Friday, December 23, 2005

Friday Random 10: Here Comes Santa Claus

'Tis the season for an all-Christmas edition of the Friday Random 10. Fasten your sleigh bells.

"God Rest Ye Merry Gentlemen"/Kenny Burrell/Have Yourself a Soulful Little Christmas. From the swingingest Christmas album ever. Burrell mixes up traditional Christmas tunes with just enough improvisation to make them seem fresh even now--which is quite an accomplishment considering the album was recorded in 1966.

"Here Comes Santa Claus"/Elvis Presley/Time-Life Treasury of Christmas. Originally recorded by Gene Autry in 1947, this song is nothing less than an attempt to bridge the gap between religious and secular Christmas celebrations: "Santa knows we're all God's children/That makes everything right." Bill O'Reilly, are you listening?

"This Christmas"/Donny Hathaway/Jingle Bell Rock. Maybe the most beloved R&B holiday original to emerge since the 1950s, this first appeared, as best I can tell, in 1971. This one suffers more than most from overexposure, as it's been anthologized everywhere.

"Some Children See Him"/James Taylor/A Christmas Album. As a concept, James Taylor doing Christmas songs seems like a good one. After all, in 2002, he recorded a superlative version of "Have Yourself a Merry Little Christmas" on his October Road album. So last year, he released an entire Christmas album as a promotion for Hallmark--but it was a wasted opportunity. It didn't include "Have Yourself . . .," or much else that's memorable.

"O Come All Ye Faithful"/Martha's Trouble/Christmas Lights (EP).
Tip of the Santa hat to Paste magazine for pointing me to this, a brand-new recording for 2005. Martha's Trouble is a husband-and-wife folk duo, and once you get used to the sound of Jen Slocumb's voice (some call it "vulnerable," I call it "thin"), this version of the old hymn is hauntingly beautiful.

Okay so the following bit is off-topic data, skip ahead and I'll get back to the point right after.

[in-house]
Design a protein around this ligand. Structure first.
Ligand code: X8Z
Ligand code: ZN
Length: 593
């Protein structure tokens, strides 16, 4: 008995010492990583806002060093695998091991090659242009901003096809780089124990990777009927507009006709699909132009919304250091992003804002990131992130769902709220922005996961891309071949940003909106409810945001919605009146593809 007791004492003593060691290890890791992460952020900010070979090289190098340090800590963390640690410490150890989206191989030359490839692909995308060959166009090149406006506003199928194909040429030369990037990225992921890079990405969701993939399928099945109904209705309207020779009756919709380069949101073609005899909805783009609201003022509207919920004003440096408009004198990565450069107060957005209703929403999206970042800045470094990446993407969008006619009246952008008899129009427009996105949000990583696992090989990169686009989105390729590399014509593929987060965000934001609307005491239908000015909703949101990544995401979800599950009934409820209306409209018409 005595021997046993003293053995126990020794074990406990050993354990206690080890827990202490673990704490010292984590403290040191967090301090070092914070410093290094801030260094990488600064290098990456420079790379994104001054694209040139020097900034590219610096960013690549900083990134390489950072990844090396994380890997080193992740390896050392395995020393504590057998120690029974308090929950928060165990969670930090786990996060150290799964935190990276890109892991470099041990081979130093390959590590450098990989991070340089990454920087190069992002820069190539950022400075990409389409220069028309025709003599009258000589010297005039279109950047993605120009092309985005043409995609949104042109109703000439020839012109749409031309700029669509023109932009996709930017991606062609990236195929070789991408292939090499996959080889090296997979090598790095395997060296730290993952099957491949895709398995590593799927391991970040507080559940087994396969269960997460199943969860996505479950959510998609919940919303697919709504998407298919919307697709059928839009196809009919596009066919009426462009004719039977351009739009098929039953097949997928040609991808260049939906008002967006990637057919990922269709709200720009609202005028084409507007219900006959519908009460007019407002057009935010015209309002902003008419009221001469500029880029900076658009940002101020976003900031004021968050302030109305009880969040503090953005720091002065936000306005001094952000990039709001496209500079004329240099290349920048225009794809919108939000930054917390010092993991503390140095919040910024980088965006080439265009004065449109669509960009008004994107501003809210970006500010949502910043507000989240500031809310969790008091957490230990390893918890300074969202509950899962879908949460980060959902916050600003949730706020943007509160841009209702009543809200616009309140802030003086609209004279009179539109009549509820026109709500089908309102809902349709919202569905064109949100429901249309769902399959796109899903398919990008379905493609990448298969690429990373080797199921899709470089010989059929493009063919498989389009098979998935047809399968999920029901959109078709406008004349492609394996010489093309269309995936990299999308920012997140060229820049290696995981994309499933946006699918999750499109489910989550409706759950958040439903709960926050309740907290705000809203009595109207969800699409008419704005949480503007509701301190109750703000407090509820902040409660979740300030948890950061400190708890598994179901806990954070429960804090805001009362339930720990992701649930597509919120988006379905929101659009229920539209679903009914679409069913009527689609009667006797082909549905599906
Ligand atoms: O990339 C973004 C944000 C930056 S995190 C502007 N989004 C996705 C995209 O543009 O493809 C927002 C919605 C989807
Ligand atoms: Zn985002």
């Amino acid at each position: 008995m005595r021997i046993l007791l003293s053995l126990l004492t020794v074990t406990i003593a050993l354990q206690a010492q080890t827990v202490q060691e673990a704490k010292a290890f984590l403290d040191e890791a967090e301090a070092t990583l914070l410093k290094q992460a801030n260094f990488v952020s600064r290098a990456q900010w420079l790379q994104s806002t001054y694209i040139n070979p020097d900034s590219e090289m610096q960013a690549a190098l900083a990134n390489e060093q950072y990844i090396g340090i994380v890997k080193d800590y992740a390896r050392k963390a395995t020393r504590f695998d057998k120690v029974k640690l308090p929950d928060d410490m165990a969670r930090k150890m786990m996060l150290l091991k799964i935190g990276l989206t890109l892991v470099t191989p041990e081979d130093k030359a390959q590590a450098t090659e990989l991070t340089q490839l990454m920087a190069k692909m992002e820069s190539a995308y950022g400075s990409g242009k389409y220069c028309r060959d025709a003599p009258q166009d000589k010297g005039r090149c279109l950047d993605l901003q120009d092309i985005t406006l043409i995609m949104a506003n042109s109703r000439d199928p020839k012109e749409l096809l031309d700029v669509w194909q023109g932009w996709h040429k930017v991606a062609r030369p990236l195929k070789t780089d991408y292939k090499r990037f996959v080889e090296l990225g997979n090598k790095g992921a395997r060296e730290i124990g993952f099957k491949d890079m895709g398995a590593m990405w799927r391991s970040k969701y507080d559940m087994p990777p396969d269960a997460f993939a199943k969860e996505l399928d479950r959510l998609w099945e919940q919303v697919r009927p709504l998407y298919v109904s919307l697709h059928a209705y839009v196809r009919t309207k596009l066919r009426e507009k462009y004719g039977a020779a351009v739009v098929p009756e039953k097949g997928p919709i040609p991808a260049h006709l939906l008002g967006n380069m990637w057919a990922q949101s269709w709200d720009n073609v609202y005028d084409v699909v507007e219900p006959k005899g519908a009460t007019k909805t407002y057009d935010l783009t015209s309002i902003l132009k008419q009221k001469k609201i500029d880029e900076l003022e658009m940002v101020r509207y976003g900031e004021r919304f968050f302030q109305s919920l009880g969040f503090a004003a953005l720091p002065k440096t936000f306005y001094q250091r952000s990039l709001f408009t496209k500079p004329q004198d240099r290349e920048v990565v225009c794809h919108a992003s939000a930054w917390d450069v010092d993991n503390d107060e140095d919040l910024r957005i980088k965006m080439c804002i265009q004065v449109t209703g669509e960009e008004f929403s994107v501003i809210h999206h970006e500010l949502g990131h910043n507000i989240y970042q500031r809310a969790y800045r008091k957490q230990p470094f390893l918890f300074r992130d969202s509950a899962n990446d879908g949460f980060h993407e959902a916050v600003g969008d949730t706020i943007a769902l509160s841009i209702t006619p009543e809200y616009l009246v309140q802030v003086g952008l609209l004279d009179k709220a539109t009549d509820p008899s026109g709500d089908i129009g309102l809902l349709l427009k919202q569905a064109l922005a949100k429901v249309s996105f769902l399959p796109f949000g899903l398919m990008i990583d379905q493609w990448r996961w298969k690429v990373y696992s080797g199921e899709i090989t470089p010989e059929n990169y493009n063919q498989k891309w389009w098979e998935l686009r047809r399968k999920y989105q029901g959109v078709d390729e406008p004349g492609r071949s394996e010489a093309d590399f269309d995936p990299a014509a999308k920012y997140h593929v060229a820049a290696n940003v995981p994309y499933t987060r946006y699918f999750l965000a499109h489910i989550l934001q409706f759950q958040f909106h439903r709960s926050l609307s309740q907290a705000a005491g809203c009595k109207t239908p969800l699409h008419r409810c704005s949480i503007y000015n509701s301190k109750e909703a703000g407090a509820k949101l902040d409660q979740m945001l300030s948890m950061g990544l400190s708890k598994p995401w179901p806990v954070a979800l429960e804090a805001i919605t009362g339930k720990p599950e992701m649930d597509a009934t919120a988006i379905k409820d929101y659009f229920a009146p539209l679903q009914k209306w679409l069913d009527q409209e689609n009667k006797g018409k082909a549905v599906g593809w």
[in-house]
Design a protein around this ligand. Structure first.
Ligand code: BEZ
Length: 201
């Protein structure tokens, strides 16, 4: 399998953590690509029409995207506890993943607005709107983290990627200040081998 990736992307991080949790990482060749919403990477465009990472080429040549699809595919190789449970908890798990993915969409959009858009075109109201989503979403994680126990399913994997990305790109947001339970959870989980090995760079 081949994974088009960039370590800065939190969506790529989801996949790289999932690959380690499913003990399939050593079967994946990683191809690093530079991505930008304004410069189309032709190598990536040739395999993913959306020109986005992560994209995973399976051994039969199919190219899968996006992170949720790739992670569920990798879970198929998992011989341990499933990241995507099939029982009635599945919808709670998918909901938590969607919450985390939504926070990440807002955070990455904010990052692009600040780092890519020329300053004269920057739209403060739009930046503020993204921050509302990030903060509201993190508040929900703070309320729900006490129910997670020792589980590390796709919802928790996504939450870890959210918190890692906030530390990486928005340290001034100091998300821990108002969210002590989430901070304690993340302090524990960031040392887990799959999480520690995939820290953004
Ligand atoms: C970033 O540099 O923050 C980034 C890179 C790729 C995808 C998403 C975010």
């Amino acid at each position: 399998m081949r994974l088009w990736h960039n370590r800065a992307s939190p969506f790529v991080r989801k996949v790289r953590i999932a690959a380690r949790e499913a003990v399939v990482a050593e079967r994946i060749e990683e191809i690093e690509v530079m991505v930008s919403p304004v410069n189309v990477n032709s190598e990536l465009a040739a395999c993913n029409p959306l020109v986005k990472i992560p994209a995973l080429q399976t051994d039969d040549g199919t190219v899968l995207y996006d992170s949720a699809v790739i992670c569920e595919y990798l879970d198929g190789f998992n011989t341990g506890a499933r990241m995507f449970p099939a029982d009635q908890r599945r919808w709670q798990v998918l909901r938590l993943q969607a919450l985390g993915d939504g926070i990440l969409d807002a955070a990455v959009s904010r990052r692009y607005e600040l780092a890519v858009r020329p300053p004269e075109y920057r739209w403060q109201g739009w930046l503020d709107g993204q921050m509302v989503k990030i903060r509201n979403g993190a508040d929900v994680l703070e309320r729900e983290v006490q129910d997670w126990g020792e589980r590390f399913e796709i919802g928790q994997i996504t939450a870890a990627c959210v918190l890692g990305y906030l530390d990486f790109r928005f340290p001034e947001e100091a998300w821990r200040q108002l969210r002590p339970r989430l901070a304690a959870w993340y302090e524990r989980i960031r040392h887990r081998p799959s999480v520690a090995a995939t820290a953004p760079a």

"Rockin' Around the Christmas Tree"/Brenda Lee/Jingle Bell Rock. First appearing in 1960, this song has been covered by almost everybody: Jessica Simpson, Amy Grant, LeAnn Rimes, Hanson, and even Cyndi Lauper. Lee's original is one of a handful of rock 'n' roll classics you can't imagine the season without.

"Sleigh Ride"/Arthur Fiedler and the Boston Pops/Time-Life Treasury of Christmas Volume 2. There are two essential instrumental versions of this tune, the 1948 original by Leroy Anderson's orchestra, which I always think of as the "wall of sound" version, and this one (recorded 1959), which has a somewhat lighter feeling. Either one will do you fine--either one stomps every vocal version, except the one by the Ronettes.

"Christmas Blues"/Willie Nelson/Pretty Paper. This album is as close to a living, breathing, organic whole as any Christmas album is likely to be, and "Christmas Blues," even though it's an original instrumental and not a holiday standard, fits perfectly. It captures a complicated emotion most of us rarely experience outside of Christmas Day--how it feels, in a time of celebration, to be mindful of the passage of time and to remember loved ones we've lost.